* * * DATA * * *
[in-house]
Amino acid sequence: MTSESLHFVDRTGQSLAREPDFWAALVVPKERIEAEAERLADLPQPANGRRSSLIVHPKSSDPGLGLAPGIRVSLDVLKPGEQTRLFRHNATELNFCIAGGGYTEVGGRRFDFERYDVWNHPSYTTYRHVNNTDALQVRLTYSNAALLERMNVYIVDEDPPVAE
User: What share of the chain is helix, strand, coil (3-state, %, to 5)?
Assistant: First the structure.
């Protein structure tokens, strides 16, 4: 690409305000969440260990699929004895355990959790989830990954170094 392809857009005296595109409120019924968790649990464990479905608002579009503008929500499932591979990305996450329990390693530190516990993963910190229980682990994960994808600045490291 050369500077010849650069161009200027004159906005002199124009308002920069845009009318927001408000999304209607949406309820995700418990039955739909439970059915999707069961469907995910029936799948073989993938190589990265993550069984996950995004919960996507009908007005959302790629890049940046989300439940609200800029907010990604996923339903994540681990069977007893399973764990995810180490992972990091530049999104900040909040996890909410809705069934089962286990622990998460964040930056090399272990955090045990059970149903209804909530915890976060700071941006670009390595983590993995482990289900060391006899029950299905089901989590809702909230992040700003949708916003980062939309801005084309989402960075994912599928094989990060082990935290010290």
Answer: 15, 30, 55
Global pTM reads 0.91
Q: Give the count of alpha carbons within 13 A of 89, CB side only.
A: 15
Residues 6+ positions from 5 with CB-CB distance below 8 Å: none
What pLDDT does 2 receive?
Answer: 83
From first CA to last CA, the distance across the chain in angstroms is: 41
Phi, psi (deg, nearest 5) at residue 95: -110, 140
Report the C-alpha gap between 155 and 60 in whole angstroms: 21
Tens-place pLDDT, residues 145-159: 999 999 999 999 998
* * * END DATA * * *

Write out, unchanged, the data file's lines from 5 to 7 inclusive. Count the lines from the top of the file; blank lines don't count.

């Protein structure tokens, strides 16, 4: 690409305000969440260990699929004895355990959790989830990954170094 392809857009005296595109409120019924968790649990464990479905608002579009503008929500499932591979990305996450329990390693530190516990993963910190229980682990994960994808600045490291 050369500077010849650069161009200027004159906005002199124009308002920069845009009318927001408000999304209607949406309820995700418990039955739909439970059915999707069961469907995910029936799948073989993938190589990265993550069984996950995004919960996507009908007005959302790629890049940046989300439940609200800029907010990604996923339903994540681990069977007893399973764990995810180490992972990091530049999104900040909040996890909410809705069934089962286990622990998460964040930056090399272990955090045990059970149903209804909530915890976060700071941006670009390595983590993995482990289900060391006899029950299905089901989590809702909230992040700003949708916003980062939309801005084309989402960075994912599928094989990060082990935290010290």
Answer: 15, 30, 55
Global pTM reads 0.91